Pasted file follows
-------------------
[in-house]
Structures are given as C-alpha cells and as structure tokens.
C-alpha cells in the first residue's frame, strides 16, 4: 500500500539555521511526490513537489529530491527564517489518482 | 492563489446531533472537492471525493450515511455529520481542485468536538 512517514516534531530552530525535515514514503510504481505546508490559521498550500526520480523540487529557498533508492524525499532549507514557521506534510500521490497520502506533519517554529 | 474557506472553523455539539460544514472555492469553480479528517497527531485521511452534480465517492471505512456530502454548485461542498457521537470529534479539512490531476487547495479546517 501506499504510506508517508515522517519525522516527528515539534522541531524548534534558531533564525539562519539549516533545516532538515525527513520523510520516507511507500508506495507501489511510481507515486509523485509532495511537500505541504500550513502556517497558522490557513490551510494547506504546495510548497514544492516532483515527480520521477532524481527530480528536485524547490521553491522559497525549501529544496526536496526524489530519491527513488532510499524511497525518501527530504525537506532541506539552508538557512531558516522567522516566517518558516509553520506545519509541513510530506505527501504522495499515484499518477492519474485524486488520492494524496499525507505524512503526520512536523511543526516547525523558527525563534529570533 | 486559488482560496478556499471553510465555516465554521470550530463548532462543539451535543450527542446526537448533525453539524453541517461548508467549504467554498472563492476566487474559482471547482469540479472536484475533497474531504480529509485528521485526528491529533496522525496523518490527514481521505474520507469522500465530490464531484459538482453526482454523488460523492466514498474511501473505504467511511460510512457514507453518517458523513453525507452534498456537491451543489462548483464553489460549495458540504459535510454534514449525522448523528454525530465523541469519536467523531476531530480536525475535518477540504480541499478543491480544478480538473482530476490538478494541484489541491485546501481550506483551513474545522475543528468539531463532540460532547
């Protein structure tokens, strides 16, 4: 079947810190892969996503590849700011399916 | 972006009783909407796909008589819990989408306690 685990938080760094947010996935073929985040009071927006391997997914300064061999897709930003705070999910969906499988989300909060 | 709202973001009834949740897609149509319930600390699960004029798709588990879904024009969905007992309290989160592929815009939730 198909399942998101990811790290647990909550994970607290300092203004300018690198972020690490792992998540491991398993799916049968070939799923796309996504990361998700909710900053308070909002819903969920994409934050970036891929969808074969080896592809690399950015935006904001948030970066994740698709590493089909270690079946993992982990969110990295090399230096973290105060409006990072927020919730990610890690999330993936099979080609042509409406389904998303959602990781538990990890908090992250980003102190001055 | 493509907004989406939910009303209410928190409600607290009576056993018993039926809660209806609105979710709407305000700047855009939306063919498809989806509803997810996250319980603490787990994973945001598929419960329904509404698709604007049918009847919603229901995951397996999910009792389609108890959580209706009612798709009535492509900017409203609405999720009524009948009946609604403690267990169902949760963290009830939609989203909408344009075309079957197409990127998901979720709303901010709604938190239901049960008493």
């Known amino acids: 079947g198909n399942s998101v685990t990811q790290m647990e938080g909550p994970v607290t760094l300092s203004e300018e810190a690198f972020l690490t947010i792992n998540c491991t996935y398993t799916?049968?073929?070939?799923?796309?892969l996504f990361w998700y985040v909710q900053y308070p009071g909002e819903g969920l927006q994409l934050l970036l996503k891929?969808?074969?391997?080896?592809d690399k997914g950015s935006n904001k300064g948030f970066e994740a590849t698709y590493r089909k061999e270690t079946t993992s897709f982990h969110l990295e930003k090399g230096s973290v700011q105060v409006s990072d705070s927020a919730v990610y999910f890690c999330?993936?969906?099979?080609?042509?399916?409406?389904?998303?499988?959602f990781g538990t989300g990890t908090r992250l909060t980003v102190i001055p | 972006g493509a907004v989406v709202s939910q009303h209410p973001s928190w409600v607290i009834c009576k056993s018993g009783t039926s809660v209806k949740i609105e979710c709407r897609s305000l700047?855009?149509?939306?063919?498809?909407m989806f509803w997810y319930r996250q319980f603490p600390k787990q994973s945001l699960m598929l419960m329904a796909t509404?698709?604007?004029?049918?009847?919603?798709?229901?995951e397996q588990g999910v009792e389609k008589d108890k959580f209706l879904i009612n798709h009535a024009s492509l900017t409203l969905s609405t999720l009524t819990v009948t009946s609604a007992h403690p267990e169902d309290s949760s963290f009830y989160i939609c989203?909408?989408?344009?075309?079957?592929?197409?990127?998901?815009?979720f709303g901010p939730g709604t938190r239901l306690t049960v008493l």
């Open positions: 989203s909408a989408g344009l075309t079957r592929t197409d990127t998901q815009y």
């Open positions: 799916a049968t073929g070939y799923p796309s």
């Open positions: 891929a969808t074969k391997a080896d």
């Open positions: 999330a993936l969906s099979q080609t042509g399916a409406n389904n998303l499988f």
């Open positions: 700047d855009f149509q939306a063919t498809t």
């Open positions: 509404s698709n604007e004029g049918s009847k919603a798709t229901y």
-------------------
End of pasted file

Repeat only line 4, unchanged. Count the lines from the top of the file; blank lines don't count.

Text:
């Protein structure tokens, strides 16, 4: 079947810190892969996503590849700011399916 | 972006009783909407796909008589819990989408306690 685990938080760094947010996935073929985040009071927006391997997914300064061999897709930003705070999910969906499988989300909060 | 709202973001009834949740897609149509319930600390699960004029798709588990879904024009969905007992309290989160592929815009939730 198909399942998101990811790290647990909550994970607290300092203004300018690198972020690490792992998540491991398993799916049968070939799923796309996504990361998700909710900053308070909002819903969920994409934050970036891929969808074969080896592809690399950015935006904001948030970066994740698709590493089909270690079946993992982990969110990295090399230096973290105060409006990072927020919730990610890690999330993936099979080609042509409406389904998303959602990781538990990890908090992250980003102190001055 | 493509907004989406939910009303209410928190409600607290009576056993018993039926809660209806609105979710709407305000700047855009939306063919498809989806509803997810996250319980603490787990994973945001598929419960329904509404698709604007049918009847919603229901995951397996999910009792389609108890959580209706009612798709009535492509900017409203609405999720009524009948009946609604403690267990169902949760963290009830939609989203909408344009075309079957197409990127998901979720709303901010709604938190239901049960008493």